Ready for Retirement

The reason behind so many members, currently around 25,000, paying into the NESPF is to give ourselves a better standard of living when retirement comes around. However, it can be easy to fall into a trap of paying monthly contributions towards your pension pot without really putting much thought into what this means for our future.

One of the main tips we recommend to members is to check in with your pension, at least on an annual basis. With our My Pension portal, you can view the value of your pension and watch it grow. The various projectors will also allow you to perform calculations to see what your future pension can look like under different scenarios. This ensures you know what to expect in the future and allows you to forecast what life might be like with the estimated income from your pension.

The Local Government Pension Scheme (LGPS) has retirement all mapped out. You can retire and take your pension at any time after age 55. If you choose to take your pension before your Normal Pension Age (NPA), this is classed as early retirement and your pension will be reduced for early payment. If you take your pension after your NPA, this is classed as late retirement and your pension will be increased as it is being paid late. In these circumstances you do not need your employer's permission to retire, you simply need to notify them and agree a retirement date.

NPA is simply the age you can retire and receive your pension benefits in full, unreduced. NPA differs depending on when you were paying into the scheme. NPA is linked to your State Pension Age. You can find out more here.

There are several different retirement packages available depending on the age and circumstances under which you wish to retire. You can choose to completely retire early or decide to ease into retirement with flexible retirement. If circumstances are out with your control, ill health and redundancy retirements are also an option.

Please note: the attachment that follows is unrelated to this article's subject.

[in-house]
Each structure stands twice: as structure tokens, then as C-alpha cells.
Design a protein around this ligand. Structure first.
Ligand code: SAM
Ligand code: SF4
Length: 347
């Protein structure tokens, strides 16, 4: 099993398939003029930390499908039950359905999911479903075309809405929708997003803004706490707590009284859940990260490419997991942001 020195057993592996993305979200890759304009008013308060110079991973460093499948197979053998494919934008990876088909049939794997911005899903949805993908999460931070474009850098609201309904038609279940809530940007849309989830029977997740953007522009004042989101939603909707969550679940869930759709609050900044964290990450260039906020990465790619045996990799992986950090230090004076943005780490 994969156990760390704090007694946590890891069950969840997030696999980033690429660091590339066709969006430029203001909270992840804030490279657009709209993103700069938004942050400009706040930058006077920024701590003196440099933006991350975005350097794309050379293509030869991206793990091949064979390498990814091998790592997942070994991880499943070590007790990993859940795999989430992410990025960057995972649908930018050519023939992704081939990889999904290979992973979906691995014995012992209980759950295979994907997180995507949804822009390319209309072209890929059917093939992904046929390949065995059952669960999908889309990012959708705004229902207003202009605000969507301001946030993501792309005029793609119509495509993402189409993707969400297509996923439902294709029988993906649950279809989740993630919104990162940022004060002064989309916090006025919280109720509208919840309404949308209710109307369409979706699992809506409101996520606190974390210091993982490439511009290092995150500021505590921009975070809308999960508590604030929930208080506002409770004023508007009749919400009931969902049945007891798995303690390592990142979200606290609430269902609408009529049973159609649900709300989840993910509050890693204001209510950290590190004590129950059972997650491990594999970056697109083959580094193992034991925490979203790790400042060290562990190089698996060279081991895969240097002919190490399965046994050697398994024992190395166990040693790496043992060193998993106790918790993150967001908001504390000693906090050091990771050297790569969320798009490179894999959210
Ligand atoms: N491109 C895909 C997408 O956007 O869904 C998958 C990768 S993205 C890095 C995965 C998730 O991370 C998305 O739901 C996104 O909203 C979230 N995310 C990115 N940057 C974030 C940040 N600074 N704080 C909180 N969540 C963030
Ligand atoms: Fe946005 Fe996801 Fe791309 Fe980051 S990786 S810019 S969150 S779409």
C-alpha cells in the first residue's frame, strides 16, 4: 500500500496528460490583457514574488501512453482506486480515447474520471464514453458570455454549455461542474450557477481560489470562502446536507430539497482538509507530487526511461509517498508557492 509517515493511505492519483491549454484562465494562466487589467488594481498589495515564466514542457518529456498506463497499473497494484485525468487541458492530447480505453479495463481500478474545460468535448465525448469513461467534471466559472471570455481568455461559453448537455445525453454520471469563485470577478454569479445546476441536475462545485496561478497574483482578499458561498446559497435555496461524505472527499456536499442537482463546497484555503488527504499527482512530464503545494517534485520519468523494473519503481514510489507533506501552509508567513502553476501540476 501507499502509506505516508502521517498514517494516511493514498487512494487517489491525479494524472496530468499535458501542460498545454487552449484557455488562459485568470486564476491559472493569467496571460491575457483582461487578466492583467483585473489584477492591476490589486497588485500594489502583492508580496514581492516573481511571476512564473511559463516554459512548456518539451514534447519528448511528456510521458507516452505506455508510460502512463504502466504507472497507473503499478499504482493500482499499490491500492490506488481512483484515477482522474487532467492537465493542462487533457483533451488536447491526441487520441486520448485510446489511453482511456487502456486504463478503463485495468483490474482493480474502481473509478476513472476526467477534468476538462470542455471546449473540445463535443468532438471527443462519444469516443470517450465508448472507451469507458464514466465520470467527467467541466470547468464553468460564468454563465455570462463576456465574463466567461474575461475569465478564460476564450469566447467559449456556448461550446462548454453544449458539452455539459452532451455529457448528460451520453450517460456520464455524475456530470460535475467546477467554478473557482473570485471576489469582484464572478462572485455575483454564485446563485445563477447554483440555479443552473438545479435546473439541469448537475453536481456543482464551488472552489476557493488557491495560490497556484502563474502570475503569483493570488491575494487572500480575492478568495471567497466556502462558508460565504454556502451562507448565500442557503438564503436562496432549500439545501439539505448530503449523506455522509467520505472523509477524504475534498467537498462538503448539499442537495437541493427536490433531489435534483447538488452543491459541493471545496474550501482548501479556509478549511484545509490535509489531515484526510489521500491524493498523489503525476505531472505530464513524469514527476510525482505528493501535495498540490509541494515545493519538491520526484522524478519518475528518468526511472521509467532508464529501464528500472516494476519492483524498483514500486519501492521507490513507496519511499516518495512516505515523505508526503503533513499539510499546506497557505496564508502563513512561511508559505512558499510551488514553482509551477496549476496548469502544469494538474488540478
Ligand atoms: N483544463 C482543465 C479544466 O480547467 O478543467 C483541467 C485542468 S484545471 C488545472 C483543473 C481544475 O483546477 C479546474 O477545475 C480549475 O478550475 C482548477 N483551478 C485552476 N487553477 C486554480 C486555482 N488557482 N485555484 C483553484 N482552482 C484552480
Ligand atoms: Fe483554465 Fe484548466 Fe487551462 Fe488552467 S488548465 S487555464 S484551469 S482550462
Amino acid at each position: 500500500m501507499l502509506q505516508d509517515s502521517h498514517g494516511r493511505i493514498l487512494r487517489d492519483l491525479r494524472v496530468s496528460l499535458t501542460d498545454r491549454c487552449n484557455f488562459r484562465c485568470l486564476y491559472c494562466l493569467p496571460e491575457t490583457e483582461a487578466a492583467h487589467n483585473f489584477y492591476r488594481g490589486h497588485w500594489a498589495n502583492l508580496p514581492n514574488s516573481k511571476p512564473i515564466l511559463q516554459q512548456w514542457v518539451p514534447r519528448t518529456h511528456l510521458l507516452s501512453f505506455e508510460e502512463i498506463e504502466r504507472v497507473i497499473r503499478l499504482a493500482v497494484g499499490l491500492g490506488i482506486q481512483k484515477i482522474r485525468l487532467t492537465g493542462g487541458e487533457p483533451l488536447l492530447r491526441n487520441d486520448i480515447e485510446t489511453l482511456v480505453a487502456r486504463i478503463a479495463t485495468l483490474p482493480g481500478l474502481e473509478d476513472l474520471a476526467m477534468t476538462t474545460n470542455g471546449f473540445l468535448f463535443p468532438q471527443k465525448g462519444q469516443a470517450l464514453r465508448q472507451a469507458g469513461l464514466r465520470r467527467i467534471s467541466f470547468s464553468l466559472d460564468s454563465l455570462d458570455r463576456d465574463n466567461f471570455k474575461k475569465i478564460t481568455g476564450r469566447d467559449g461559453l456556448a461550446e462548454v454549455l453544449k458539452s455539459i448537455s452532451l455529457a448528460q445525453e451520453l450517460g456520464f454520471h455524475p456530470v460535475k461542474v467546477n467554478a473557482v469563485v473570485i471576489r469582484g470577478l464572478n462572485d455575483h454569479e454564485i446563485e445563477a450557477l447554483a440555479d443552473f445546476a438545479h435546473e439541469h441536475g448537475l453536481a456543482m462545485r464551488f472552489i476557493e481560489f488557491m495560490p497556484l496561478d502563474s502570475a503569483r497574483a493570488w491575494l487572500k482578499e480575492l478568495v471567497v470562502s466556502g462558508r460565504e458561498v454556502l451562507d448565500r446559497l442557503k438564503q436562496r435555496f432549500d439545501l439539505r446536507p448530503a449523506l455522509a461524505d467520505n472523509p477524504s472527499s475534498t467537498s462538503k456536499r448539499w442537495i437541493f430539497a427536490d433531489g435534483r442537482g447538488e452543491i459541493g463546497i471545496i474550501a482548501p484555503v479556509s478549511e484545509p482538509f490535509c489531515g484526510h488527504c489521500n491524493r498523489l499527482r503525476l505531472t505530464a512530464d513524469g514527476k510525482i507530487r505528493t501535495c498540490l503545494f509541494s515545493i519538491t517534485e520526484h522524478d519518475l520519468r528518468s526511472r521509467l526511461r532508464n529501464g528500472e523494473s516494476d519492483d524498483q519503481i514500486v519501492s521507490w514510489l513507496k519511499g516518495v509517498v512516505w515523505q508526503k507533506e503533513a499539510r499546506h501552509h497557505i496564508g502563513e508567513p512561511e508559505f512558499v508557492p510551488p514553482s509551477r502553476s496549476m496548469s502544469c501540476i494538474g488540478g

With flexible retirement, from age 55 and with your employer's permission, you can reduce your hours or pay grade and begin to draw some or all your pension benefits. Each employer has their own policy on flexible retirement so you will need to contact them first for further information.

With ill health retirement, you can retire on ill health at any age provided you have been a member of the pension scheme for at least 2 years and your employer, based on the opinion of an independent occupational health advisor is satisfied you are permanently incapable of doing your job.

Meanwhile with redundancy and efficiency retirement, if you are 55 and over, and you lose your job on grounds of redundancy or business efficiency you pension will be paid immediately. For those who have been in the scheme continually since 5 April 2006, your pension can be paid from age 50 in these circumstances.

For many of us, there might still be plenty of time to think about retirement and what these options could offer us. For others, retirement might be approaching soon, and it could be time to start making decisions. Our website goes into a lot more detail on the ins and outs of retirement and what they could mean for you, to see more click here.

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